Your question: What is a breastfeeding specialist called?

A lactation consultant is a health professional who specializes in the clinical management of breastfeeding. The International Board of Lactation Consultant Examiners (IBLCE) certifies lactation consultants who meet its criteria and have passed its exam.

What can a lactation consultant help with?

2 Lactation consultants are trained professionals who help new parents and their babies overcome breastfeeding challenges. A lactation consultant can address issues like: Poor milk supply. Breast pain and sore nipples.

When should I see a lactation specialist?

It’s totally normal for babies to lose a few ounces after birth, but if your pediatrician is noticing a more alarming weight loss, it may be time to work with a Lactation Specialist. She can help pinpoint the problem and offer a solution – whether it’s an issue with low milk supply (uncommon) or a latching problem.

Is a lactation consultant a nurse?

A lactation consultant nurse is a nurse that specializes in the clinical management of lactation and breastfeeding. Lactation consultants are specialists in training mothers how to breastfeed their babies.

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What is it like being a lactation consultant?

PRO: Being a lactation consultant is a pretty nifty and unique job, and people are often quite interested in what you do. It makes for good small talk. … I know that not everyone is nonjudgmental about breastfeeding, and it makes it harder for people to trust me and harder for me to do my job well.

What should I ask my lactation consultant?


  • How long should I feed on each breast? …
  • How do I know if my baby is getting a sufficient amount breast milk? …
  • How do I deal with excess milk? …
  • What’s the best way to treat mastitis? …
  • Can you breastfeed with implants? …
  • What are some tricks for waking a baby up to eat? …
  • When do you stop breastfeeding on-demand?


How much does it cost to see a lactation consultant?

Lactation consultants typically charge between $150 and $350 per hour, depending on location. Some health insurance plans cover this fee, so it’s a great idea to look into whether you have this coverage (and how to use it) well before you need it.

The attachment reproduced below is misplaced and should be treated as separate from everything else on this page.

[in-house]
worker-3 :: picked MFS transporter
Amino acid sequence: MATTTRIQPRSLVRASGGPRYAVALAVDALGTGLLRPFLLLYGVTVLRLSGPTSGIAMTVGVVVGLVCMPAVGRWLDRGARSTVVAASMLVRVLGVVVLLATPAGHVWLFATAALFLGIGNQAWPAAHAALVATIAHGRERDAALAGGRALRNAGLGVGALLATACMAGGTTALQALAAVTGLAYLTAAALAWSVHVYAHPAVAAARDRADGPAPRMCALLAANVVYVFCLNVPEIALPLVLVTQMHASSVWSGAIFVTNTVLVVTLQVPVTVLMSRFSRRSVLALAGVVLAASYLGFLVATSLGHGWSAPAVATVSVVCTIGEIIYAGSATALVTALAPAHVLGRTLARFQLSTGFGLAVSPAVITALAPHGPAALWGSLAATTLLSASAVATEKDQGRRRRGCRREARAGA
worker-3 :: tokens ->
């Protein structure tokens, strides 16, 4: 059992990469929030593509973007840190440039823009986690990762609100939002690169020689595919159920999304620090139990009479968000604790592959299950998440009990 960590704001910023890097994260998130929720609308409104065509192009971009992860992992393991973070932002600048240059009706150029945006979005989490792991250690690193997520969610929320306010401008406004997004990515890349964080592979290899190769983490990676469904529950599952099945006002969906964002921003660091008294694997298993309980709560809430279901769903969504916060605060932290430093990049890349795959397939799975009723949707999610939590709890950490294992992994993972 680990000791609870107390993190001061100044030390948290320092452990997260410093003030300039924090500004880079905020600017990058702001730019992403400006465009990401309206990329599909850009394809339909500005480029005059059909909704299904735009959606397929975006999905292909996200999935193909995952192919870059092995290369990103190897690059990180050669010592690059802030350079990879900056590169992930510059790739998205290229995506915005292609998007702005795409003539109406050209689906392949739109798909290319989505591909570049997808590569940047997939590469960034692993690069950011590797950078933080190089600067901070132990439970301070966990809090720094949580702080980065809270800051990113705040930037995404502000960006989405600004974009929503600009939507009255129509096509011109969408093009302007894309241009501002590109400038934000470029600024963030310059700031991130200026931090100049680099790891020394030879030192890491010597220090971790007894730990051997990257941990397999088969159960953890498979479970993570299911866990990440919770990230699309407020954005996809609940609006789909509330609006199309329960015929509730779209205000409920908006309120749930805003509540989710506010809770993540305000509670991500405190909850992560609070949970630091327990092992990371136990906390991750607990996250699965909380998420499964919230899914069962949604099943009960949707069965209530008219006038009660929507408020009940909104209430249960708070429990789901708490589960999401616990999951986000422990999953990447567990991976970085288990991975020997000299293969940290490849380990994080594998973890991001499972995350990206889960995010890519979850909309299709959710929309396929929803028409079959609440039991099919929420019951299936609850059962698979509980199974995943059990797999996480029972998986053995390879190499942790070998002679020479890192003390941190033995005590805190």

Is it too late to see a lactation consultant?

It’s not necessarily ever “too late” to seek out a lactation consultant! For example, if you find that after giving birth you would like help in breastfeeding but you don’t have a lactation consultant lined up, talk to your healthcare provider about finding a lactation consultant who can help as soon as possible.

How do I prepare for a lactation consultation?

Your lactation consultant will ask you about your baby’s weight history. Have his birthweight and any subsequent weights handy. If you can’t be home for the scheduled visit, try to give the IBCLC at least 24 hours notice.

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What is the difference between a lactation counselor and a lactation consultant?

A counselor helps patients establish a good milk supply and manage their breastfeeding routine and provides instructions on the hand expression and pumping of breast milk. A lactation consultant is the highest breastfeeding credential you can pursue.

Can you become a lactation consultant without being a nurse?

While it is not necessary to be a registered nurse to be a lactation consultant, most employers look for lactation consultants who are both registered nurses and certified as International Board Certified Lactation Consultants. … This is higher than for nurses in general, as their median annual salary is $68,450.

How much does a lactation consultant get paid?

The average salary for a lactation consultant is $113,497 per year in New South Wales.

What do lactation consultants make an hour?

The current average annual salary for lactation consultants in the United States is about $70,000, or $33.65 per hour.

Do hospitals hire lactation consultants?

Many lactation consultants are employed in hospitals, where salary ranges are similar to those of Registered Nurses. Others work in physician’s practices, WIC or public health clinics where salaries may be a bit lower. Others start a private practice. This is very driven by your local area and salary scales.

Are lactation consultants in demand?

As more women choose to attempt breastfeeding and to nurse their children longer, they will need the education and support that lactation consultants provide. While lactation consultants may be in demand, those who are also registered nurses should have the best job prospects, especially in hospital settings.

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What’s the difference between CLC and Ibclc?

A Certified Lactation Counselor (CLC) is a lower credential than IBCLC, appropriate for helping breastfeeding parents with simple problems. … With this high credentialing standard, an IBCLC is qualified to address all levels of breastfeeding problems and challenges from simple to complex.

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